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Cardiac imaging is a form of medical imaging which is used to get a close look at the heart and circulatory system. There are a number of different ways to look at the heart through medical imaging, each with distinct advantages and disadvantages. Doctors may order an imaging study of the heart to learn more about a medical condition, to rule out cardiac problems, or as part of a general assessment of patient health. Like other forms of medical imaging, cardiac imaging is designed to be minimally-invasive, and it can be performed as an outpatient procedure.
Some types of cardiac imaging include: x-rays, magnetic resonance imaging (MRI), computed tomography (CT), and echocardiography. These techniques all involve looking at the heart from the outside of the body, using specialized cameras to isolate the area of interest and create a picture. With something like an x-ray, the doctor gets a static picture of the heart, while echocardiography can be utilized to look at the heart in action, and to see how the heart responds to stress.
In some forms of cardiac imaging, radioactive contrast materials may be introduced to the body and followed as they move through the heart. With the use of a camera which can pick up the signature of these contrast materials, the doctor can look at things like the health of the veins around the heart. The contrast dye is naturally flushed from the body within a few days.
Other forms of cardiac imaging may be a bit more invasive. In a transesophageal echocardiogram, for example, a tube with a small transducer is threaded down the patient's esophagus and used to get a picture of the heart from inside the body. This technique is favored in cases where more detail is required, because the resulting echocardiogram is not occluded with lung tissue and other distractions. For the patient, this procedure can be uncomfortable, and sedation is usually provided to make the experience more pleasant.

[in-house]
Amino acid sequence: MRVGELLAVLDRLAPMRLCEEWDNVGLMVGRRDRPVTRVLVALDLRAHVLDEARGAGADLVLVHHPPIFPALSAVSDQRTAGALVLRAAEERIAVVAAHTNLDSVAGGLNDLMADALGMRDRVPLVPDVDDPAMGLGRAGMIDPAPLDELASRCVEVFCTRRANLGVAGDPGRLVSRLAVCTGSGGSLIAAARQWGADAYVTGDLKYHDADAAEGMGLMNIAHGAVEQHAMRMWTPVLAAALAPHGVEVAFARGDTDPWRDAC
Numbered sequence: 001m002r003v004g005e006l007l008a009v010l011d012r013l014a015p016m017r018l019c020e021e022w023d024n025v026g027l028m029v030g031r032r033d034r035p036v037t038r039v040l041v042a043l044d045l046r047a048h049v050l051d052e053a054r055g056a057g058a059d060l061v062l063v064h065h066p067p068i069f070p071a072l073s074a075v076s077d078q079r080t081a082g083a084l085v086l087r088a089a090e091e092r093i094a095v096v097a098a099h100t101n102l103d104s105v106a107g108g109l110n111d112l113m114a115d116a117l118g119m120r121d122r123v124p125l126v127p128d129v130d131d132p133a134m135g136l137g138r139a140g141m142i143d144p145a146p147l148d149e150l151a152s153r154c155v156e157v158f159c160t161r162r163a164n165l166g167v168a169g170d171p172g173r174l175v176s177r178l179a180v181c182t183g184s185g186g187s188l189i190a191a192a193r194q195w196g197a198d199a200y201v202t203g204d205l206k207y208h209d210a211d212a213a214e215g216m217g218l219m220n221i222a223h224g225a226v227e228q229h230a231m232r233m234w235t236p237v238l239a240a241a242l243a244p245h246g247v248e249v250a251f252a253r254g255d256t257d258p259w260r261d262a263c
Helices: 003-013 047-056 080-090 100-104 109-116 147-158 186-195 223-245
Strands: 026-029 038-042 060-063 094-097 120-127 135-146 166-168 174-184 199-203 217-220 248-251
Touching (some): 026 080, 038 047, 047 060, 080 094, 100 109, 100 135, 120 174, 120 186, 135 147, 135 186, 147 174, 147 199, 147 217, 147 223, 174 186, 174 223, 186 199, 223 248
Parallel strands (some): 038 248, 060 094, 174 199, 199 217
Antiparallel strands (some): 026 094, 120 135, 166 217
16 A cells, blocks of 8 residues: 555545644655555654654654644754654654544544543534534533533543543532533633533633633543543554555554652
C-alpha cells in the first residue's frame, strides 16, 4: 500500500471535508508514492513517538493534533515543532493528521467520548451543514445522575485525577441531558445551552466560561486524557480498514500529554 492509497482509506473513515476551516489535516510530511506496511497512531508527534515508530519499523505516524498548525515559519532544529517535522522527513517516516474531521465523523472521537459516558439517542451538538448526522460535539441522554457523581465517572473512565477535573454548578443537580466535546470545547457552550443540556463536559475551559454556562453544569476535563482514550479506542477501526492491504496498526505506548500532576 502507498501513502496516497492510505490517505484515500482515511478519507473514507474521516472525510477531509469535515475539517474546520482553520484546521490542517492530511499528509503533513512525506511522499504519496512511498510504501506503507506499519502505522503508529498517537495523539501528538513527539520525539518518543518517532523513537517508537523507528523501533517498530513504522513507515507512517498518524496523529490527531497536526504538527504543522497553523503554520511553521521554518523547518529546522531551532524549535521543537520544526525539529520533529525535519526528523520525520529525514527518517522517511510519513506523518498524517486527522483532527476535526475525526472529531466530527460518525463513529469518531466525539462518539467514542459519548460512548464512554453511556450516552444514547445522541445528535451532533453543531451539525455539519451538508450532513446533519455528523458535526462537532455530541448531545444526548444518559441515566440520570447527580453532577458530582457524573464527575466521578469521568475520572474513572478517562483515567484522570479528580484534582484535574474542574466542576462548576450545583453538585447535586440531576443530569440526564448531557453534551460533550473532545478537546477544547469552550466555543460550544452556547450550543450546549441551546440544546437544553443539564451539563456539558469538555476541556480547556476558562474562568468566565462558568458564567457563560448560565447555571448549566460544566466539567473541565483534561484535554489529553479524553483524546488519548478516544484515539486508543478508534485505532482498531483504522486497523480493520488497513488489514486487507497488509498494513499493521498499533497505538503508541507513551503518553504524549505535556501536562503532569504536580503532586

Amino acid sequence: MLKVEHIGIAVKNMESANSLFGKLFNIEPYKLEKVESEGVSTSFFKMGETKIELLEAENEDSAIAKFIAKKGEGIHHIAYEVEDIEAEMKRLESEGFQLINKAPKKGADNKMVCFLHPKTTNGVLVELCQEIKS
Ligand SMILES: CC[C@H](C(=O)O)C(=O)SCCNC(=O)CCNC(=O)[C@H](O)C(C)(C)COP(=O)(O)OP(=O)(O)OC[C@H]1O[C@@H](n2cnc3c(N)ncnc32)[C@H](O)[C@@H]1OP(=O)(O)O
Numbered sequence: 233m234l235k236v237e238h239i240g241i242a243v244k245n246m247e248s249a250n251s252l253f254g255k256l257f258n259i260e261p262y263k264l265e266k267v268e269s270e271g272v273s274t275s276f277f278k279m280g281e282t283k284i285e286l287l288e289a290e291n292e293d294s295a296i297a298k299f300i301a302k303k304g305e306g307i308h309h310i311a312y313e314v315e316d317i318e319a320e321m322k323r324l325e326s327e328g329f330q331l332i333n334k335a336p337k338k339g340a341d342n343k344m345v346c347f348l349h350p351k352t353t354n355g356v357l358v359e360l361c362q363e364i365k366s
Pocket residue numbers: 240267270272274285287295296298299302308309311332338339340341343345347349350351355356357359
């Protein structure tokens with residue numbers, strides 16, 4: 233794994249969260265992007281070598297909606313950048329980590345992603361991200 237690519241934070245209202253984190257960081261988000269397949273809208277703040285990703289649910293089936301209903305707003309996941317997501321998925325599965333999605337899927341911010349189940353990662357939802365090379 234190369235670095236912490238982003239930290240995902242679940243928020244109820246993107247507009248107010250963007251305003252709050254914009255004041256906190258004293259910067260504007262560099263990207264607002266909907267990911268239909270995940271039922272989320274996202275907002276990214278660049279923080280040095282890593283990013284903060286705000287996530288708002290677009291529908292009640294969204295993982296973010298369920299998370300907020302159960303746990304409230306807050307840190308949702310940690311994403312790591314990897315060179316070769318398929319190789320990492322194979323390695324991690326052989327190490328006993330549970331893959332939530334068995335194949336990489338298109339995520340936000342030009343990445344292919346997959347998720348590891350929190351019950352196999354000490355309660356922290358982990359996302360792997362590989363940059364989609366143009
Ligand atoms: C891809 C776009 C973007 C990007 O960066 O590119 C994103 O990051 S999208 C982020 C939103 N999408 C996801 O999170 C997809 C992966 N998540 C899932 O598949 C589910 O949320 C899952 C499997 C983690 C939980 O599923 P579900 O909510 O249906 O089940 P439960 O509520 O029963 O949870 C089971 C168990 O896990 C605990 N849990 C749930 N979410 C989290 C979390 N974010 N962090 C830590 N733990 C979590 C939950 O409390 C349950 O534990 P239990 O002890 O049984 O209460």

When deciding upon a cardiac imaging technique, the doctor usually considers the patient's unique case, and the specific goal of the imaging. He or she will order the test which seems most suitable, and discuss the reasoning behind the test and its results with the patient. Usually, the technician or doctor administering the imaging study is happy to explain the procedure to the patient, and patients should not be afraid of asking questions or communicating concerns, especially if they are nervous or stressed.
@starrynight - I've actually had a sonogram before, though not of my heart. I didn't know they could use sonography to do cardiac imaging too! Neat.
Some of those invasive cardiac imaging techniques sound pretty scary. I think if I need a transesophageal echocardiogram I would definitely opt for sedation.
However, the other cardiac imaging types sound like they wouldn't be too uncomfortable. I'm hoping if I ever need to get anything like this done I can just get a CT scan or something.
I know they use ultrasound to do cardiac imaging now also. I was looking into a sonography program at nearby school and cardiac sonography is one the tracks they offer, along with general and obstetric sonography.
I think it's awesome there are so many way to do cardiac imaging. I feel like doctors must be able to get a much more accurate picture of the heart with all the different imaging technologies they have access to.
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